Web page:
In the fast-paced mobile application development space where new frameworks, platforms, technologies and devices appear every other week, CIOs and CMOs must keep an eye out all the time. That’s why events like the Mobile World Congress (MWC) are thronged by techies from the geek to the executive.
This years’ MWC revealed four new alternative mobile operating systems – Ubuntu Touch, Tizen, Firefox OS, and Sailfish. As per reviews, Ubuntu Touch is the most promising of the lot though not ready to offer competition to Android or iOS. But just like Android in its early days, Ubuntu Touch shows promise. Another new operating system that needs mention here is the BlackBerry 10 OS from RIM. All of the new operating systems are open source (except BlackBerry 10). They are being driven by community effort and in-house teams. They are also open for device manufacturers to customize for their own brand and device types – smartphone, tablet, or other chip-equipped devices such as televisions, navigation devices, computers, entertainment systems, accessories, apparel, etc. This factor will be the trump card for the newbies.
Ubuntu Touch from Canonical
Winner of the Best in Show award from CNET, Ubuntu Touch is Canonical’s brainchild. The developer preview of Ubuntu Touch was recently made available on Nexus 7 and Nexus 10 tablets as well as Nexus 4 and Galaxy Nexus smartphones. A porting guide was shared with details on how Ubuntu Touch works which has pushed the OS on to at least 25 more devices than planned – a great accomplishment.
MWC attendees were impressed with the OS’ performance. It was much better than expected though it isn’t production-ready yet. It includes features like ‘side stage’ where you can have a smartphone and tablet app on the screen simultaneously. The OS supports full disk encryption (personal and business data) which will be great for safeguarding data on devices shared by multiple users. The content display and organization also got a thumbs up.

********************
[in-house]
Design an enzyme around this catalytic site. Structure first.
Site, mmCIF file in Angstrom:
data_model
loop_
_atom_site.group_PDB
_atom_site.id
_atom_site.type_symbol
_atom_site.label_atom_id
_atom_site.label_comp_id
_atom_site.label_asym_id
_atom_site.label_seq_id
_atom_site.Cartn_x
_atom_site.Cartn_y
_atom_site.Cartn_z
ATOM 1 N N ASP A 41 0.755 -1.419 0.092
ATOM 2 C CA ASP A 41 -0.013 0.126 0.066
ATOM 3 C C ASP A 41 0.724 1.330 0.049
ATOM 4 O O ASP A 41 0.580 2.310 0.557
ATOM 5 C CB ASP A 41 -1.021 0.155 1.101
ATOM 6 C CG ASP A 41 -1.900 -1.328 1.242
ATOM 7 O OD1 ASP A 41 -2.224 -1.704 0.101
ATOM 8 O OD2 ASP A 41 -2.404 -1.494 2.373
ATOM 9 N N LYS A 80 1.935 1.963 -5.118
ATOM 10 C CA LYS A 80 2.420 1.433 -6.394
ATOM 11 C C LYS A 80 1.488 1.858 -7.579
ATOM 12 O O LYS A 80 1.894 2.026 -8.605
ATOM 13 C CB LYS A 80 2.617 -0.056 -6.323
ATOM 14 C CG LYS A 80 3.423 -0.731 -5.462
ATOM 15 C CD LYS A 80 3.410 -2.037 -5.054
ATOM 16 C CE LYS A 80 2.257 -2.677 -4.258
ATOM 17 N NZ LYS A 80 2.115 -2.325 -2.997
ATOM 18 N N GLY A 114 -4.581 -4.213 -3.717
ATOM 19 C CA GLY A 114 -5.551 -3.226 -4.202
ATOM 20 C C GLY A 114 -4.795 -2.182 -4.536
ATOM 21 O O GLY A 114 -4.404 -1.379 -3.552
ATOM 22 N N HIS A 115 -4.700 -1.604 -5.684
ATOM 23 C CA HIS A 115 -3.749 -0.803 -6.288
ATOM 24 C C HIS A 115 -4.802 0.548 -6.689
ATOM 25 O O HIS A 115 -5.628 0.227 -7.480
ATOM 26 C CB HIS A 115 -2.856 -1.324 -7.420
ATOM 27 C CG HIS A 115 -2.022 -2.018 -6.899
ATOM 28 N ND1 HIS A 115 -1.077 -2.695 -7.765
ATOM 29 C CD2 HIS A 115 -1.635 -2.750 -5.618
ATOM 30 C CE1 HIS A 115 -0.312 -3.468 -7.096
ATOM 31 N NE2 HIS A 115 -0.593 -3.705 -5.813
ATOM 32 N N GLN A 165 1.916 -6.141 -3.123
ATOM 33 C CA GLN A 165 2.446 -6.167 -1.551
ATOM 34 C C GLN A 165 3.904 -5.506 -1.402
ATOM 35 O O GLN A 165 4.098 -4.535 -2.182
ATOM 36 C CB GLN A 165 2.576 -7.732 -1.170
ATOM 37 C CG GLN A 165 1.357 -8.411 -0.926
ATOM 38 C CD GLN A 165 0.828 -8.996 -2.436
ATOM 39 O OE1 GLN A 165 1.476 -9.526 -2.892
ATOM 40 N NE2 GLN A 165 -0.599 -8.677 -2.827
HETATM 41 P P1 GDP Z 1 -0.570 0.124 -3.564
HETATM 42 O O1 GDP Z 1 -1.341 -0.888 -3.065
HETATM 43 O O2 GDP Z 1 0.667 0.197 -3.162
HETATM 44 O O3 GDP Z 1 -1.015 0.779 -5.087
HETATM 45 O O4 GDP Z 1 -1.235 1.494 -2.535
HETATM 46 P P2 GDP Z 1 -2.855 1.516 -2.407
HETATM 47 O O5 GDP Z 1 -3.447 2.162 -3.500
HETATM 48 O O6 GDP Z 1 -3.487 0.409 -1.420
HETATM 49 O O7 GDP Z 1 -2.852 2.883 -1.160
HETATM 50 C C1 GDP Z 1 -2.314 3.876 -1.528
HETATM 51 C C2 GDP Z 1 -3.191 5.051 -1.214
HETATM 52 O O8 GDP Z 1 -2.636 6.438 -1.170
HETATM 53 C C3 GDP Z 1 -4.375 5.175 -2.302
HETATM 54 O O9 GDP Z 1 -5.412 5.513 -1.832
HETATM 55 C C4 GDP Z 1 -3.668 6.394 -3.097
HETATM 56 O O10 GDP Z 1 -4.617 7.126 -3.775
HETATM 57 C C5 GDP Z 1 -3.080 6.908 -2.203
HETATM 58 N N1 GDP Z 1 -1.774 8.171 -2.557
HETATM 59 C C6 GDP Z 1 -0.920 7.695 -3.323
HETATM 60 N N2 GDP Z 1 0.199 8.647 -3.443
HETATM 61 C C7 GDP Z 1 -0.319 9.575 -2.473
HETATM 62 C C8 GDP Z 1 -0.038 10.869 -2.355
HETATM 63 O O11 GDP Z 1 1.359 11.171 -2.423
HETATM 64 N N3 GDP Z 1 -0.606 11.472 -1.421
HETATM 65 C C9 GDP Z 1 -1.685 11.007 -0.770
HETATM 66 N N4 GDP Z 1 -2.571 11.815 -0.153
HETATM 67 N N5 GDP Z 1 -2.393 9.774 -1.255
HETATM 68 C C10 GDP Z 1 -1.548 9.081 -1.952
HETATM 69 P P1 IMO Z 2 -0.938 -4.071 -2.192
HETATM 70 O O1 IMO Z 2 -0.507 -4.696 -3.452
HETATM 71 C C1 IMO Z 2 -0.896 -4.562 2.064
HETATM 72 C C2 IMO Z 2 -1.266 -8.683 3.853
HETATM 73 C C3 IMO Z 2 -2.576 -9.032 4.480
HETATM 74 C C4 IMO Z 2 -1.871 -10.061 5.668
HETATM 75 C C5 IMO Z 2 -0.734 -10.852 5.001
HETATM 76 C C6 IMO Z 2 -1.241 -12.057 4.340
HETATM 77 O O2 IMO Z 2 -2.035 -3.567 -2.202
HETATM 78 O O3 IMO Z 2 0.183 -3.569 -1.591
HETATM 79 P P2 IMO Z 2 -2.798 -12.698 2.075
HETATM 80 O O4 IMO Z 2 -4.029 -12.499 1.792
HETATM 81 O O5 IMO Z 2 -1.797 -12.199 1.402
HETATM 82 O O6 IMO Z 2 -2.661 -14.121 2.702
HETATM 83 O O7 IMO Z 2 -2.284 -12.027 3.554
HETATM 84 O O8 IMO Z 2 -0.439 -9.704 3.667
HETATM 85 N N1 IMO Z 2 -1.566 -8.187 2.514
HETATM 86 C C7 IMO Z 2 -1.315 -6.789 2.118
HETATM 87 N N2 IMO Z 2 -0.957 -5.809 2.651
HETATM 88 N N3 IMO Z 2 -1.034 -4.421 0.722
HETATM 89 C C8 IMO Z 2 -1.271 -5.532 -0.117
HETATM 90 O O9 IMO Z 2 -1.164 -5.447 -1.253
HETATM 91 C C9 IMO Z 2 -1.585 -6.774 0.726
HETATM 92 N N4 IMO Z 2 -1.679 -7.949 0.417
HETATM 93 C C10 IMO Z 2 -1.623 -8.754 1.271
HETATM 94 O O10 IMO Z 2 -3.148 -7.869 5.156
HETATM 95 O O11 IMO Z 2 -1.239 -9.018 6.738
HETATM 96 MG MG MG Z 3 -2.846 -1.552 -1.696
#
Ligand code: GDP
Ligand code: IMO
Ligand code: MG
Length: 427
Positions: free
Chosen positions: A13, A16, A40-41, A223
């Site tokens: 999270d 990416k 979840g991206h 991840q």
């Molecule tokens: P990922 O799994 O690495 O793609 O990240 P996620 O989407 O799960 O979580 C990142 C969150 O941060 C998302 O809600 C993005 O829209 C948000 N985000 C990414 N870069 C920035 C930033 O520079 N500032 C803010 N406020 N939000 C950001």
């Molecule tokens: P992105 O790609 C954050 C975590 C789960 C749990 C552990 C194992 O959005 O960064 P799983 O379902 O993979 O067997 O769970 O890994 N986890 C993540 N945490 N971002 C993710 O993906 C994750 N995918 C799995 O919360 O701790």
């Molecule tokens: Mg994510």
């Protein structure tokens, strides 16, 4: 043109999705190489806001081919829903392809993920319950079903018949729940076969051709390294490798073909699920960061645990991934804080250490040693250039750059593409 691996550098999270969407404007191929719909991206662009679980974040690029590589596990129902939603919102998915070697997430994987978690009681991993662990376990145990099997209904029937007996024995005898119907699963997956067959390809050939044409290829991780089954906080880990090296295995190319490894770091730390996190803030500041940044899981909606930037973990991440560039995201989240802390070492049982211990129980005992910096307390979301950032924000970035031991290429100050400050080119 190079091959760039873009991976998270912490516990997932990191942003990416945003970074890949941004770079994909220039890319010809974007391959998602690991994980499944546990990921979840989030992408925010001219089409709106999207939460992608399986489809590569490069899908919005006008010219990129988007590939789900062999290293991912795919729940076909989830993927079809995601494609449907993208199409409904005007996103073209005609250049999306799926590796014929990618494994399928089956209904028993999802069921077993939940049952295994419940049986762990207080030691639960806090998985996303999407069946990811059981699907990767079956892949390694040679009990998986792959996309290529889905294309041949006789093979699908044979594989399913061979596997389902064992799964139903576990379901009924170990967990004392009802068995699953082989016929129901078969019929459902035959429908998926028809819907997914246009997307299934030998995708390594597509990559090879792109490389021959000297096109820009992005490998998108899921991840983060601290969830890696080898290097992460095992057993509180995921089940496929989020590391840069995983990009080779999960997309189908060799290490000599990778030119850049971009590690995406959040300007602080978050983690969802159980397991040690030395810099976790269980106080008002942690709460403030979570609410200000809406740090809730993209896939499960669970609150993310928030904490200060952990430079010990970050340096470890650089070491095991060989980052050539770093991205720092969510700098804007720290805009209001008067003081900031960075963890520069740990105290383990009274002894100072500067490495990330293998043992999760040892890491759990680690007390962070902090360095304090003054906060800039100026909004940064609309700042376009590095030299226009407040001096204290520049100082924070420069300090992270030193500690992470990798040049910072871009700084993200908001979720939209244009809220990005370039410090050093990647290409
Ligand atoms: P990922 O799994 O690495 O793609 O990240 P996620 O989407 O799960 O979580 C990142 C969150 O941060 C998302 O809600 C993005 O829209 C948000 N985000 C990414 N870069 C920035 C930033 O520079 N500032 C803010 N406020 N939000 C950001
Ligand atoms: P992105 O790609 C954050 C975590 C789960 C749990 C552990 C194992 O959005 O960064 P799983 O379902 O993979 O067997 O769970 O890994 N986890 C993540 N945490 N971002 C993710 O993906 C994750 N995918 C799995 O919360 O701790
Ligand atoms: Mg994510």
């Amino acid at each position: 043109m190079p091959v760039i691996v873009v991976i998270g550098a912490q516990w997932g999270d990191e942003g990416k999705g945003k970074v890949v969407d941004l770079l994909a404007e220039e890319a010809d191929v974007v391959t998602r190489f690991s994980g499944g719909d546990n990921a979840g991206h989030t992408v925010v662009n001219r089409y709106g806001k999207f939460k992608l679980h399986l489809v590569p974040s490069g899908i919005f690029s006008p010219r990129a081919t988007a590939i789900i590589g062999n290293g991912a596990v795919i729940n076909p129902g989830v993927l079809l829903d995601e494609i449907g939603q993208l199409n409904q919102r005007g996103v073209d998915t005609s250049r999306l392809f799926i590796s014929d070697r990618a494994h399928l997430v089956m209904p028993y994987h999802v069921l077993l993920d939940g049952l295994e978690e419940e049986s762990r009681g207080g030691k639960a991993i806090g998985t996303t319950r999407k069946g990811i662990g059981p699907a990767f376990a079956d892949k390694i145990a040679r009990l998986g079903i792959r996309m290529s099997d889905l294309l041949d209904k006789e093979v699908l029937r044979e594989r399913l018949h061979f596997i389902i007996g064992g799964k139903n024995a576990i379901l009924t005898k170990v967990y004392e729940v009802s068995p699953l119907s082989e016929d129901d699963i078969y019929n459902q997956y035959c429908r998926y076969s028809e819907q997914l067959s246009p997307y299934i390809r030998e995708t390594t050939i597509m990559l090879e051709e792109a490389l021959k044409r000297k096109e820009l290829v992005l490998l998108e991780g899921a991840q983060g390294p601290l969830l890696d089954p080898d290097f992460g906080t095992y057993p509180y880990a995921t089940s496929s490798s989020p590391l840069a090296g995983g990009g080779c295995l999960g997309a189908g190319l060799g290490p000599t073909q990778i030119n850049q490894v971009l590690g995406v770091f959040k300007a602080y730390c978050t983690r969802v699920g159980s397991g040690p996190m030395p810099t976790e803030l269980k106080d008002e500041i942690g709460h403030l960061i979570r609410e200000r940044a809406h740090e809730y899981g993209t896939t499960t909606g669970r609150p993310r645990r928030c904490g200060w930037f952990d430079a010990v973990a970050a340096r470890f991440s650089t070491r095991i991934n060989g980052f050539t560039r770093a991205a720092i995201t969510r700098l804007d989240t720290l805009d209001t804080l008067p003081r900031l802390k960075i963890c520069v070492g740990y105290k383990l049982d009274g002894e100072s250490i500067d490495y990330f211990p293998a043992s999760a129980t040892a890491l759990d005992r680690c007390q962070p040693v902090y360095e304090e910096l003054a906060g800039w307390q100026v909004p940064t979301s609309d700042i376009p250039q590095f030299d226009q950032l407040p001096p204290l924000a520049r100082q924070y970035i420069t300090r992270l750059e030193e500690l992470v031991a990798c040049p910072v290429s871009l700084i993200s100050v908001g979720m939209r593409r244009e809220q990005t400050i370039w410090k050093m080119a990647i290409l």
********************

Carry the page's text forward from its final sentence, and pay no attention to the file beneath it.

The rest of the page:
The final version of Ubuntu Touch is expected to launch by April 2014.
Firefox OS from Mozilla
Mozilla is backing Firefox OS – pushing it for its web application development support. The Firefox browser enjoys user popularity but will Firefox OS? Reviewers were disappointed with the operating system’s buggy and laggard performance.
On the other hand, Firefox OS has the support of 4 phone manufacturers and 18 operators. Sony could be shipping out a smartphone with the Firefox OS for developers to test and start creating applications. Mozilla plans to launch a Store to host developers’ apps written in HTML5. Facebook and Twitter have already agreed to build an app for the OS.
Firefox OS’ public release is expected in 2014 in the US.
Tizen from Samsung
After Bada, Samsung is experimenting with Tizen that is also Linux based. Samsung and Intel are overseeing the development of Tizen, and Samsung proposes to launch many handsets with the OS this year. Other parties supporting the new OS include the carriers France Telecom-Orange and DoCoMo who have signed up to sell Tizen 2.0 handsets this year. Samsung and Huawei will be the hardware providers.
However, as in the case of Firefox OS, Tizen failed to impress.
Sailfish from Jolla
Former Nokia employees have reinvented the MeeGo platform in the Sailfish OS. The first version of the SDK is available and the founding company Jolla plans to ship products with the OS on board by next month. We’ll know more then.
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